Thursday, April 30, 2009
Wednesday, April 29, 2009
This is something I would use in later work, with my horse that can walk/trot/canter on circles and straight lines. I think it's a great tool to be able to ride the horse into the outside rein with the seat but keep him bending around the inside leg with the upper body. However, when I've ridden it I've felt that it is a momentary aid whereas the seat and upper body turning in unison is a staple initial *layer*.
When turning in synchronisation I use my outside knee and thigh to keep the outside shoulder turning and I find that if I approach the turns in a *square* manner then the 1/4's are placed correctly and it is tricky for them to evade/drift out. My shoulders turning ever so slightly onto the same arc the horse is on will bring my outside rein slightly closer to the wither and will back up my outide leg feeling of guarding the outside shoulder.
In all of this turning work I can't stress enough the importance of keeping both legs long and around the horse. Any unbalance in the rider during this early turning will be disastrous for the turn/circle and for this reason I always use my *breathing* legs deeply into my stirrups (like a half halt really) before applying the turning aids.
Of course the reality of all this is that our seats are in a constant state of flux in order to be with the movement of the horse, this goes without saying. Also that the riders body will only turn as much as the circle requires, any over turning by the rider would only be used as a small corrective movement.
Monday, April 27, 2009
I had a couple of really good sessions with Moralejo last week, he's really beginning to understand the leg control and it's giving me a nice feeling in my hand. I've worked lots on direction changes. Basically if his balance goes or he leans on the bit then I immediately change the rein and re-balance before changing back. Along with more work on transitions to help the balance it is all slowly coming together. A bit more canter too and more balanced, even started walk to canter which was better for him in terms of him not loosing his balance. His back is getting stronger and more supple and I hope we get to work on it more this week, weather permitting!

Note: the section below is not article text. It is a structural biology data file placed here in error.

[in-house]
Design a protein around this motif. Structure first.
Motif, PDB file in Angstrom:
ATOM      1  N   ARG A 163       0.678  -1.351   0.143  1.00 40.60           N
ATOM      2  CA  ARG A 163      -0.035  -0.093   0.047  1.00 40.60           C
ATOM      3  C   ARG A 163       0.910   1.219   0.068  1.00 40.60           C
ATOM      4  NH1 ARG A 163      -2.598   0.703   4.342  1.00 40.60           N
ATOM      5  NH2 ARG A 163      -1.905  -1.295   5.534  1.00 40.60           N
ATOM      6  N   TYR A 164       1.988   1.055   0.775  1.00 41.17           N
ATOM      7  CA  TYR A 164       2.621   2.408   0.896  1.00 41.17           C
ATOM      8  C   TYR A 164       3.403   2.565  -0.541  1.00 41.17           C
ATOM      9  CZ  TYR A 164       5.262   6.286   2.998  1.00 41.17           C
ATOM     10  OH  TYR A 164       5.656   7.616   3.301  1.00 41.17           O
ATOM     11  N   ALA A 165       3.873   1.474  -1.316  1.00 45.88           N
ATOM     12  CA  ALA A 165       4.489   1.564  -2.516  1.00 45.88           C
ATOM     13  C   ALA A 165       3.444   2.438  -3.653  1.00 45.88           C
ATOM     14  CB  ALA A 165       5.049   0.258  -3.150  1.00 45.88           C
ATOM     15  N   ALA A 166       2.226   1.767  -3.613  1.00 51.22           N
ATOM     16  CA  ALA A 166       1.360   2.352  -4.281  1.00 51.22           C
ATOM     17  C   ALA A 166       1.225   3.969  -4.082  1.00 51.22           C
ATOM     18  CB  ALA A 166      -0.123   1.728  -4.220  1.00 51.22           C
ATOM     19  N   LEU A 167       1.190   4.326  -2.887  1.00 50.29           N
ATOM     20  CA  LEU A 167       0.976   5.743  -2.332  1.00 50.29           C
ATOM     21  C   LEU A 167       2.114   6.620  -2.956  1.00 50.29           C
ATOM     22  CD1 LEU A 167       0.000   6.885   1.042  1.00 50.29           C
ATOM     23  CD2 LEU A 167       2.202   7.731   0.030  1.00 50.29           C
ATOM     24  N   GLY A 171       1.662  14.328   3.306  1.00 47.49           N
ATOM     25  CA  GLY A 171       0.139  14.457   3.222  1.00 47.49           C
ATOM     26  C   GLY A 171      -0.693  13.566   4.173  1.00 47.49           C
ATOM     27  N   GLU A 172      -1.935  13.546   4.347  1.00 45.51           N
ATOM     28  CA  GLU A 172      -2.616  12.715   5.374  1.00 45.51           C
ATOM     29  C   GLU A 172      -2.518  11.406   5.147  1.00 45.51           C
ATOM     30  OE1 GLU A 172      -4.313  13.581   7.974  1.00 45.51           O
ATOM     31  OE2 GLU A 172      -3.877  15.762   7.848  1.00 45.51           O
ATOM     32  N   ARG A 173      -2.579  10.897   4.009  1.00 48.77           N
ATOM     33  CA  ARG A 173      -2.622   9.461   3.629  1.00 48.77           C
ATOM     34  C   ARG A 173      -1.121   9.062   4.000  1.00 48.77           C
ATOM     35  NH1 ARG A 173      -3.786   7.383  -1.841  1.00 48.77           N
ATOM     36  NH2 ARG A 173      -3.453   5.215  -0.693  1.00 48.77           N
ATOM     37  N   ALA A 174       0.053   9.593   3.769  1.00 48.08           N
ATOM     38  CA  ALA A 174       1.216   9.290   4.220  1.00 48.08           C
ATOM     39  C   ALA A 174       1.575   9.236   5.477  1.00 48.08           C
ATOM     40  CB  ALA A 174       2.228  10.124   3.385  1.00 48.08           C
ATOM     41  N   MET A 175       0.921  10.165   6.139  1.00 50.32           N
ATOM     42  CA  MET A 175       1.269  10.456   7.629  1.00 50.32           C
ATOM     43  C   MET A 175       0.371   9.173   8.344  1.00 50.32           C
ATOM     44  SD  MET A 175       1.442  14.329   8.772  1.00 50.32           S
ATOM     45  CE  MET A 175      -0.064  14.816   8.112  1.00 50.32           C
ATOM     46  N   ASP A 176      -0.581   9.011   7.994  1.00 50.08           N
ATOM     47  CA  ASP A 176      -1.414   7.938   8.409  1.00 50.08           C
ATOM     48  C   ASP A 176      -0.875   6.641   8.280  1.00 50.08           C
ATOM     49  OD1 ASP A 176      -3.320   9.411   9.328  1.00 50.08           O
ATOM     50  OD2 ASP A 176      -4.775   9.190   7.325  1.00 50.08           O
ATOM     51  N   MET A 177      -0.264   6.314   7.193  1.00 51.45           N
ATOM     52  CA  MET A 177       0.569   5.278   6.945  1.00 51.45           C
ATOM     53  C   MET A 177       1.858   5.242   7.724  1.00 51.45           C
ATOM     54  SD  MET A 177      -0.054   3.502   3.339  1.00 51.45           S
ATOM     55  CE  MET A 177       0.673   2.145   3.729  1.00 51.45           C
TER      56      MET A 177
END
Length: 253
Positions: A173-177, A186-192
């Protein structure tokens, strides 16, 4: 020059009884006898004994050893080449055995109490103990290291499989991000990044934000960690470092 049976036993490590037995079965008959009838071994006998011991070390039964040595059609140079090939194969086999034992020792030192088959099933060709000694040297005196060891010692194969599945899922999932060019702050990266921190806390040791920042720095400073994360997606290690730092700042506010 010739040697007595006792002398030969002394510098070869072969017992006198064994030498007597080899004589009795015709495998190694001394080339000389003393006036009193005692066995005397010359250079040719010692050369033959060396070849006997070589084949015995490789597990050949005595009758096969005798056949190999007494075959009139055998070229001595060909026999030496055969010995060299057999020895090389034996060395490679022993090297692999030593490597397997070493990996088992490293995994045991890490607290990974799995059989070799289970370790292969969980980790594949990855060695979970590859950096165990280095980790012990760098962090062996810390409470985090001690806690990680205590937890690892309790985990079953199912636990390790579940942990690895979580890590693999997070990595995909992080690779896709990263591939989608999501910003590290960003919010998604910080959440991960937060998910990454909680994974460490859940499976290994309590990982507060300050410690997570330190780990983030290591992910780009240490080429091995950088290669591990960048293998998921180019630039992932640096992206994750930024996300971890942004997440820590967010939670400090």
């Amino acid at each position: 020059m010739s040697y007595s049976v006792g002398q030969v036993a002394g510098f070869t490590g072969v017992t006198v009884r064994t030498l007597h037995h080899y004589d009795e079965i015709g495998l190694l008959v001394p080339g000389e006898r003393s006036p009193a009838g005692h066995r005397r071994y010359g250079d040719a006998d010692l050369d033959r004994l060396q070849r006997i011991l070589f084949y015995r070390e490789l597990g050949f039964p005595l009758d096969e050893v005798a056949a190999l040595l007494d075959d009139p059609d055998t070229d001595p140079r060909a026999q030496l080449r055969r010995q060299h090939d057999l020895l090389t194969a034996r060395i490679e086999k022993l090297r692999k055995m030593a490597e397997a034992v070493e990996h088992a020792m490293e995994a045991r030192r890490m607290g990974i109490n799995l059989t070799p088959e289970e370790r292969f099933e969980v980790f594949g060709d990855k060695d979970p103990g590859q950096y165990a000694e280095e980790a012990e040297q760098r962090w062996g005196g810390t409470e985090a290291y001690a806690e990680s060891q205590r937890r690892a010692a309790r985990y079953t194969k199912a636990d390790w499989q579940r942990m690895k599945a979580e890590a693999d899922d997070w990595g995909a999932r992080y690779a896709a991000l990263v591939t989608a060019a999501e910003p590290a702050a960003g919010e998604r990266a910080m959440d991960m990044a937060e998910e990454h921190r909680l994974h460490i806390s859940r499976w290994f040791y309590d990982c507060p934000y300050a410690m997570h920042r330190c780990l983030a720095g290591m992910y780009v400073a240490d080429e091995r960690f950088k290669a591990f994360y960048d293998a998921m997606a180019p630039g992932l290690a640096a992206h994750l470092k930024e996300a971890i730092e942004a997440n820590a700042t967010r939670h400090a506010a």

I have also worked on myself a couple of times, quitting the stirrups and reins to *find* my position in a more relaxed frame. I'm an utter dunce with the video though, once I took it out, set it up and didn't switch it on properly doh, then next time I turned it on but didn't realise that I only had 5 mins space left on the disc!!
I'm still thinking on the Aids stuff, I'm disappointed nobody asked which way my dolly peg turned but I suppose I'll just have to tell you, lol.
I'm re-reading Seunig for the umpteenth time, it truly is the one book I would keep if forced to sell all but one.
Friday, April 24, 2009
Wednesday, April 22, 2009
Monday, April 20, 2009
School hols at the moment so I've not had by brain on turning but today Lydia took part in a *stage* at the riding club. Dressage lesson first followed by brioche and grenadine and that was worked off with a spot of *voltige*.
Practice whilst stationary and then on to the lunge. She LOVED it.
Wednesday, April 15, 2009
Tuesday, April 14, 2009
Oh yes Di, I ought to get one of EH's books. Put it on the list. I found some bits in Seunig too. I hope to find some time later to make a start, omg it's vast.
Monday, April 13, 2009
Saturday, April 11, 2009
Hey friends are so perceptive...Di and Claire, good job I sat on the sofa and drank the wine, lol. Yes, aids it will be; on to turning tonight. I think I was just peeved last night because I had fallen hard onto a pile of rocks in the yard, arms full of hay and completely forgot they were there. I was too sore too want to play pones and I was probably feeling sorry for myself. I'm fine today and off to play with wet ponies now. Here's a quick clip of Lydia in her lesson this morning 'en position équilibre' or as we would say 'jumping position'.
Friday, April 10, 2009
Thursday, April 9, 2009
Let's start at the very beginning, it's a very good place to....la la
Took Moo down to the school this morning and we both glanced over to the cheeky pone and Fugs (les voisins) who were contentedly munching, no problems there then. Started with some work in-hand and he was really *with me*, nice halts, reinback, shoulder-in and giravolta. Again used the reinback before asking for the leg yield across the school and he is finally stretching that left hind forwards and across. Finished the in-hand with some trot and he can now trot for 6-7 slow strides before breaking back to walk but most heartening is that he actually understands what I want in the upwards transition.
Got on board and he was calm, little tense when we were at the voisins end but nothing awful. At this point the voisins trotted over to say hi, still Moo remained calm. We worked, they watched. Shoulder-in, leg yield, release on a long rein. Lots of halt transitions (some with the hand raised to bring the bit into the corner of the lips because he was leaning or grabbing) and some reinback.